Jill McCorkle’s novels are always worth the wait. That’s certainly true of “Hieroglyphics.” Few books are so honest and true to life, yet so ultimately uplifting.
When “Life After Life” was published in 2013, that was McCorkle’s first novel in 17 years. She’d made a splash in 1984 when Algonquin Books of Chapel Hill published her first two novels simultaneously. More novels followed, and readers enjoyed her blossoming talent. A Lumberton native and UNC-Chapel Hill alum, she quickly earned her spot high on the impressive list of contemporary North Carolina authors.
Then life intervened, and with it that 17-year span in which she wrote and published short stories, but no novel. She vowed when “Life After Life” appeared that she wouldn’t go that long between novels again, and she’s kept her word.
She’s also kept growing and maturing as a writer. From the start, McCorkle was obviously a gifted writer who could tell a good story rich with insights, warmth and characters who come alive.
Now she’s also mined all those years of living, and her more recent novels are further infused with a deeper understanding of the vagaries of life and death, and of the foibles of human beings.
“Hieroglyphics” tells the story of Frank and Lil, an older couple who have retired to the sandhills of North Carolina after spending most of their long married life in Boston. Their relationship was forged from their parallel sense of loss. When Frank was a young boy, his father died in a terrible accident. Lil had been a young girl when her mother died in an equally terrible disaster.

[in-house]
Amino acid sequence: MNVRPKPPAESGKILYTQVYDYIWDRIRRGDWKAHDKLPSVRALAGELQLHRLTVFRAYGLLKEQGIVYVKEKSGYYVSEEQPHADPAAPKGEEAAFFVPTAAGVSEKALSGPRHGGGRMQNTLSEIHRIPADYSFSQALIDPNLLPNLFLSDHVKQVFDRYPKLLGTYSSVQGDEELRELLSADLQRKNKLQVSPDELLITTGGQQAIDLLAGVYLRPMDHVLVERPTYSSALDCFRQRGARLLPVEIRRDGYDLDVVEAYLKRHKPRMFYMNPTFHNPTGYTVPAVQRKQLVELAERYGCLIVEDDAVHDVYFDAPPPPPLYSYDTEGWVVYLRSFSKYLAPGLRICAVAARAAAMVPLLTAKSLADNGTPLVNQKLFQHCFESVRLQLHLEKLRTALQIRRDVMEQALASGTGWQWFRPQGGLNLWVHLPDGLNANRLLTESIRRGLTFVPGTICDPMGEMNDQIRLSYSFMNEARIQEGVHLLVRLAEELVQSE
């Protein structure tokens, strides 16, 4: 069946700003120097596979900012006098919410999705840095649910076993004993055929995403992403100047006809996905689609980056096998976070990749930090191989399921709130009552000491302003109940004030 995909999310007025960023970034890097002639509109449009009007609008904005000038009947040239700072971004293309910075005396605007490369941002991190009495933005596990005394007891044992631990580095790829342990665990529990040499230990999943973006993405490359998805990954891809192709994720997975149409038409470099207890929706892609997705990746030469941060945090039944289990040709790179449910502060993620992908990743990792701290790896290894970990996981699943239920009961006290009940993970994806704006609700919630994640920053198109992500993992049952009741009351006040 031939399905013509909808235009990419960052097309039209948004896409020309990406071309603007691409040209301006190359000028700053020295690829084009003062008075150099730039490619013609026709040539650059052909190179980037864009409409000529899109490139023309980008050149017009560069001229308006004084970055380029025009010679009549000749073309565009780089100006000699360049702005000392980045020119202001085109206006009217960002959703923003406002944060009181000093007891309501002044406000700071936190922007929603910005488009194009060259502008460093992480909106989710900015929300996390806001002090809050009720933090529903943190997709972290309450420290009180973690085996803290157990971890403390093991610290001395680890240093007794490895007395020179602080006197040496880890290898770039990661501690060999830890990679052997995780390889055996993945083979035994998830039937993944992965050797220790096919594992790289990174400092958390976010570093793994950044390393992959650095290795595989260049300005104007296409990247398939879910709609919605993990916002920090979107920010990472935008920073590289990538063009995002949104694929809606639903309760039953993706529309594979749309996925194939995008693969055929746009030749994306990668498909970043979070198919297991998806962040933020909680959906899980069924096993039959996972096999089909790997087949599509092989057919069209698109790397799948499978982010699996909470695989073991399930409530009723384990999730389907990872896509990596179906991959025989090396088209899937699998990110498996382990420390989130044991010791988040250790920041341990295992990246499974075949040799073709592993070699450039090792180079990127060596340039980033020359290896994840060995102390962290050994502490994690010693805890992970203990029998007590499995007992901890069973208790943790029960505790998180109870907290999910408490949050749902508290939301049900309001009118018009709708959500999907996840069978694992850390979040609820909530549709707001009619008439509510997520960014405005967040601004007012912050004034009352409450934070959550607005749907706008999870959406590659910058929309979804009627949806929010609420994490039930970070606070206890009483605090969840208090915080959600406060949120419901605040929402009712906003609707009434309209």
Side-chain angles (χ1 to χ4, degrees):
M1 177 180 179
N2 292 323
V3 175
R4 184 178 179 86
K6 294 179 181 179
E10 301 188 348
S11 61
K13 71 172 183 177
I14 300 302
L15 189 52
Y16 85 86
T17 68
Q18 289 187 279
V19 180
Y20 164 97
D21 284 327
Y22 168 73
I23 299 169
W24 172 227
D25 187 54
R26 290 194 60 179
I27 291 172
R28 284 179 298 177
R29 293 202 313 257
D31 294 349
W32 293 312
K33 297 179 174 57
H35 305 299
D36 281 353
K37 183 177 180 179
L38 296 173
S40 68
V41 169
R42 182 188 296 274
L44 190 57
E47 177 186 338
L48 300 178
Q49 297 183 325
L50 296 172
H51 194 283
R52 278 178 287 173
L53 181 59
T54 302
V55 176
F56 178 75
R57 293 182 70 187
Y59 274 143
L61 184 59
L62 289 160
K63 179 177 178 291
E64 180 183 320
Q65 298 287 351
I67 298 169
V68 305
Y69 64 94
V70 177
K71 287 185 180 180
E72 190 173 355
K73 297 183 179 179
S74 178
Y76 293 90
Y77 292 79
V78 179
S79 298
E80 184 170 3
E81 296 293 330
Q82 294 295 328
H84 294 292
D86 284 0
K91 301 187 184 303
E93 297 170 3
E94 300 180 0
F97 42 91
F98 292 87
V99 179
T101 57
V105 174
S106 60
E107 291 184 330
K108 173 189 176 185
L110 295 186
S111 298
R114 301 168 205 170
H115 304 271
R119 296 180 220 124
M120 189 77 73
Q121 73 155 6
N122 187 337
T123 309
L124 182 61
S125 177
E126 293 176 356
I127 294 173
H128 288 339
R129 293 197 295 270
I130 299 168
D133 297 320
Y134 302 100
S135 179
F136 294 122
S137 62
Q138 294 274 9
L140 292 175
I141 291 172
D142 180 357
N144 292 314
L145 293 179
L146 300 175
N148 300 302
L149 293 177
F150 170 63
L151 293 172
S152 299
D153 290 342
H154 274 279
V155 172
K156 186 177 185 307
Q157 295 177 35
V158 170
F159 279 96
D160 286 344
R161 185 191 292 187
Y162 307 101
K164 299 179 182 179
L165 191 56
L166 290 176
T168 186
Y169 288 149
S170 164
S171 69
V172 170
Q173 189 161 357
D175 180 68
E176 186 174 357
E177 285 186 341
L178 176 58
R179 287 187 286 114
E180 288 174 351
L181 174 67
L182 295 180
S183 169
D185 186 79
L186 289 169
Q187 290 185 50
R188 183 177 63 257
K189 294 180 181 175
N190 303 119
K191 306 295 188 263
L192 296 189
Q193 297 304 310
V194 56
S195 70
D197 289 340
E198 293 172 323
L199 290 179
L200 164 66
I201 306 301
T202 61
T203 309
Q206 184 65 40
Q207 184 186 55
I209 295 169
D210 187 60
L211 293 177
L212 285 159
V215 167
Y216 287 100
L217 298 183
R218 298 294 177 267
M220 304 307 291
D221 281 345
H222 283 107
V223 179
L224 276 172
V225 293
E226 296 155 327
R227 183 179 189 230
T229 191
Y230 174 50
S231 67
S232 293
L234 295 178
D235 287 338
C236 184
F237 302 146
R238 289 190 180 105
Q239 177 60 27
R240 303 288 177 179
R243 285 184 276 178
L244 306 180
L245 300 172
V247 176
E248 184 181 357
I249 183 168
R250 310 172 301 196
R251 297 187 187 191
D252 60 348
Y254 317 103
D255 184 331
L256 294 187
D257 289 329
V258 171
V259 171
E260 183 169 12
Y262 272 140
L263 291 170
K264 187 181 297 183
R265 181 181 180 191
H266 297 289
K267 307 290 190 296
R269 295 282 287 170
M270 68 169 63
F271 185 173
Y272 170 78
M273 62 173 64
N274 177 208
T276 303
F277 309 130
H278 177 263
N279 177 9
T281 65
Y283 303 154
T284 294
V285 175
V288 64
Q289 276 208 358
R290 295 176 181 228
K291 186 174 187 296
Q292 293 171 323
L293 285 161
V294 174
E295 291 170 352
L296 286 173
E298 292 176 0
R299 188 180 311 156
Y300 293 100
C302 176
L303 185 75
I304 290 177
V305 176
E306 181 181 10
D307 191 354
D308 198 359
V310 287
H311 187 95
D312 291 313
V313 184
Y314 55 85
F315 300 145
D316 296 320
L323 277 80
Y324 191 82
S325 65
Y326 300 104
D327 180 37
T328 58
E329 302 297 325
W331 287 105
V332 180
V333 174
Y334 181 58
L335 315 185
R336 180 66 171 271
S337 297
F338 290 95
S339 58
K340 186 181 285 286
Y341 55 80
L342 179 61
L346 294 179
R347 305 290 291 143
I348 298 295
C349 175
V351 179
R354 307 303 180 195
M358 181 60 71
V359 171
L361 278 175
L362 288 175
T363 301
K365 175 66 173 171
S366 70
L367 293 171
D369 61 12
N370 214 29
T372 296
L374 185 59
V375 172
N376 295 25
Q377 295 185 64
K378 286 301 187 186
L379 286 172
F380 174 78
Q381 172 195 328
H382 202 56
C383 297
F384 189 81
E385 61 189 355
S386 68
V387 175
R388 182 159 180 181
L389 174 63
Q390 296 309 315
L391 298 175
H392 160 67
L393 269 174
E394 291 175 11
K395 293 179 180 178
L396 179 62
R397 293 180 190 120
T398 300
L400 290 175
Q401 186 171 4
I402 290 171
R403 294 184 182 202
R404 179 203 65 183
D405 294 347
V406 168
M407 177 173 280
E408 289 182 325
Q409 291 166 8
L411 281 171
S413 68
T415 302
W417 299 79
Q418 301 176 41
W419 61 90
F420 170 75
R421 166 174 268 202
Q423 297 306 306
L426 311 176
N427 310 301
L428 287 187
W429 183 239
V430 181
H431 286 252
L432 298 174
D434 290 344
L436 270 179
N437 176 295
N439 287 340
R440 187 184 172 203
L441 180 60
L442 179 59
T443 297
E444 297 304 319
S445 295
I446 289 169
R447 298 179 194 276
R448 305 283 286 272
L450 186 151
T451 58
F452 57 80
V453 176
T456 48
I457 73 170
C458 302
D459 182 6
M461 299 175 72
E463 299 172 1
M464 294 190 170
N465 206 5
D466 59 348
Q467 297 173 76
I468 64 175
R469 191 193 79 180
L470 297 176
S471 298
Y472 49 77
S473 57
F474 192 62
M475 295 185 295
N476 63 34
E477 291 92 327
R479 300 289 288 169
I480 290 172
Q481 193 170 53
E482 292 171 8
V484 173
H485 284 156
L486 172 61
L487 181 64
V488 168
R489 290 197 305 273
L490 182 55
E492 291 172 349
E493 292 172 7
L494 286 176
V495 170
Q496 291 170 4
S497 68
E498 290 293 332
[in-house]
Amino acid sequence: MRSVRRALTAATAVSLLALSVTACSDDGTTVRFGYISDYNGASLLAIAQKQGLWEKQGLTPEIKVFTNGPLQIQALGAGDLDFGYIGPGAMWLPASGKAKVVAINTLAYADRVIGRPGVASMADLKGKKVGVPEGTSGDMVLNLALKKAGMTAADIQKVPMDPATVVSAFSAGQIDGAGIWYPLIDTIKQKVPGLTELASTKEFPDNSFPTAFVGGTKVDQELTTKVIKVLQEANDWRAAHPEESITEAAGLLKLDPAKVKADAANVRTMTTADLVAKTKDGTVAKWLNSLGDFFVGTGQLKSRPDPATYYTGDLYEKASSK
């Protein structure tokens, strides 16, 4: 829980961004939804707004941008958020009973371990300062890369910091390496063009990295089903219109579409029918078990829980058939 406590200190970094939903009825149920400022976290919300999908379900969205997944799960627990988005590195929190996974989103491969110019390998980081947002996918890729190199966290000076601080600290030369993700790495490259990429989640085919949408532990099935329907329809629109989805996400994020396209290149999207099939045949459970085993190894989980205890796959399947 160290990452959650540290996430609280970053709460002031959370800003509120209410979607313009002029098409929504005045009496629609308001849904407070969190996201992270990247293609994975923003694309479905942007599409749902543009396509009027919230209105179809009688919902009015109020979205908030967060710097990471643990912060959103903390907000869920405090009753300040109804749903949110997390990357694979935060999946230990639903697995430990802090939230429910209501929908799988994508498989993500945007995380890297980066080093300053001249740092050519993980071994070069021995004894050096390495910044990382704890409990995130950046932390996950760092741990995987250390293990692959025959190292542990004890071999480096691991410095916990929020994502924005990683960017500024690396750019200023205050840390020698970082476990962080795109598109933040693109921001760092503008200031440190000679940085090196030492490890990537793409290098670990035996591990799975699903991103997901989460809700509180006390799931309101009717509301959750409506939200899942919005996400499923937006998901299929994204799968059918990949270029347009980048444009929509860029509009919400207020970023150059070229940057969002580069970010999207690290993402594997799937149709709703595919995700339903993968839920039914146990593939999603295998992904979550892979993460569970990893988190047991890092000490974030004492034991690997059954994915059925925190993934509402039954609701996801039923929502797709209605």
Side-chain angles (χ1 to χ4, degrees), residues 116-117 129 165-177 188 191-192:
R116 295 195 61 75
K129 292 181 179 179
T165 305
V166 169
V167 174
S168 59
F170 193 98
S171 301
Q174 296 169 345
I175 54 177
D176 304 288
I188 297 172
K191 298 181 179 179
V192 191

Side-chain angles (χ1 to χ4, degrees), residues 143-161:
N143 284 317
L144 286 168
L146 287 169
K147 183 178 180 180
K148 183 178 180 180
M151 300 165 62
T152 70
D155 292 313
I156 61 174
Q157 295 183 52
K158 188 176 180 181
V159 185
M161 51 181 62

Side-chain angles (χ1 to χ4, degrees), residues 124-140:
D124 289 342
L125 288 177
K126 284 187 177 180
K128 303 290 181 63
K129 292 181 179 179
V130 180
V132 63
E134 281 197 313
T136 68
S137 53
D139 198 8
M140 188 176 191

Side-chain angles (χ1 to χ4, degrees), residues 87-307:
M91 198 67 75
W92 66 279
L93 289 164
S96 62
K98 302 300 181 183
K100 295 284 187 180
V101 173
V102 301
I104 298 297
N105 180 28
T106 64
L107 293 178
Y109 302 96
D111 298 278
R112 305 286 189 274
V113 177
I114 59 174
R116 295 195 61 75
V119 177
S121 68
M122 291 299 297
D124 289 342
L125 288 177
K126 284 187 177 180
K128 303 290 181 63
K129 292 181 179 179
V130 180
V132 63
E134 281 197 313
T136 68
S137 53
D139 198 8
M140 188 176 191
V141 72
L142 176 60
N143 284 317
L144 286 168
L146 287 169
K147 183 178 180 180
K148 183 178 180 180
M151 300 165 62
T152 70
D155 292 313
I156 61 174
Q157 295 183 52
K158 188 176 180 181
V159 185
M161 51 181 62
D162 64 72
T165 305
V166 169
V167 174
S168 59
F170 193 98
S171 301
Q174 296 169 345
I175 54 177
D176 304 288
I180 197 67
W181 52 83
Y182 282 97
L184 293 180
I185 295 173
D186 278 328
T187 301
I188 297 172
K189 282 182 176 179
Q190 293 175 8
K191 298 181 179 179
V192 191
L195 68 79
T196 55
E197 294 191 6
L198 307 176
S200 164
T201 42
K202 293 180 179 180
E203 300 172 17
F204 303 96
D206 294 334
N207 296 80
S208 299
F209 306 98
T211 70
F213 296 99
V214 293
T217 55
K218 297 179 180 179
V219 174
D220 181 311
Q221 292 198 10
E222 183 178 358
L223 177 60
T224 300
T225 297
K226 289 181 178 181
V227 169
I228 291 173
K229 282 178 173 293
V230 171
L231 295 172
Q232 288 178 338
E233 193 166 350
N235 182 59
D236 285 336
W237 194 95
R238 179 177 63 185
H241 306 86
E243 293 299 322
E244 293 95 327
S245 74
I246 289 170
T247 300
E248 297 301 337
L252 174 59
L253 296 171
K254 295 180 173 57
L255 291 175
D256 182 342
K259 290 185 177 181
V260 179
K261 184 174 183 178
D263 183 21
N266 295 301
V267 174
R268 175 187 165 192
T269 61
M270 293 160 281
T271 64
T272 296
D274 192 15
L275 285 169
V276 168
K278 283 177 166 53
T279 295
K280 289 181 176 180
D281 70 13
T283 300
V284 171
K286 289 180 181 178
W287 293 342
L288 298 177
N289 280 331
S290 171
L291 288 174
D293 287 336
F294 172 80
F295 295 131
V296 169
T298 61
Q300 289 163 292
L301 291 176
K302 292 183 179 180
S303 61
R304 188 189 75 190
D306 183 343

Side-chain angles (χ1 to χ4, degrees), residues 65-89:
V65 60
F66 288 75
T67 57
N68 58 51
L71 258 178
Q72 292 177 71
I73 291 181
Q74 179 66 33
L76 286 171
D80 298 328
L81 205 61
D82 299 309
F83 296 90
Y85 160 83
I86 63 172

When Frank and Lil met, they each sensed in the other a rare sympathy for and understanding of what they’d been through. Suddenly robbed of a parent, both had grown up feeling somehow incomplete and vulnerable.
Now they are aware that they are approaching the ends of their own lives. Lil spends her time poring over the old letters, notes and journal entries she’s collected, determined to make sure her own two grown children know their family stories — even the stories that have been deliberately kept secret. As her discoveries take her meandering randomly through her life, we gradually come to know her story too.
Frank, meanwhile, is obsessed with a shabby house not far from the golf course community where they now live. That’s where he spent the second part of his childhood, after his mother abruptly wrenched him from his familiar New England surroundings and made a very different new life near where his father had died in a train wreck. Frank wonders what traces of that second phase of his childhood might linger at the little house, what understanding he might gain now that he’s mature.
But Shelley, a working single mom, lives in that house now, and she’s not happy about the old man who keeps coming by, hoping to look around. For Shelley, the past is generally best avoided, and family secrets are secret for good reason.
Then there’s Harvey, Shelley’s son, whose overactive imagination is filled with ghosts and monsters and villains that keep him even more on edge than usual. Shelley is nearing her wit’s end about how to cope with Harvey and keep her job as a court stenographer. All the things she hears when recording trials don’t help her anxieties, and Harvey unfortunately picks up on that. She doesn’t know if she can deal with one more call from a teacher about Harvey’s behavior problems.
Through these four characters, we discover clues to the past and present — “hieroglyphics,” if you will, bits of history and memories, sometimes clouded by time or emotion.
This is a book about family, relationships, what’s important in life. Without ever seeming heavy or preachy, McCorkle teaches us much about how we connect with others, how we make it through life’s tough times and what we leave behind that really matters. She’s a master of the art of weaving a story, through just the right details, nuances and anecdotes, for us to decipher as we read.
And that deciphering ultimately helps us learn more about those great mysteries: the human heart and soul.
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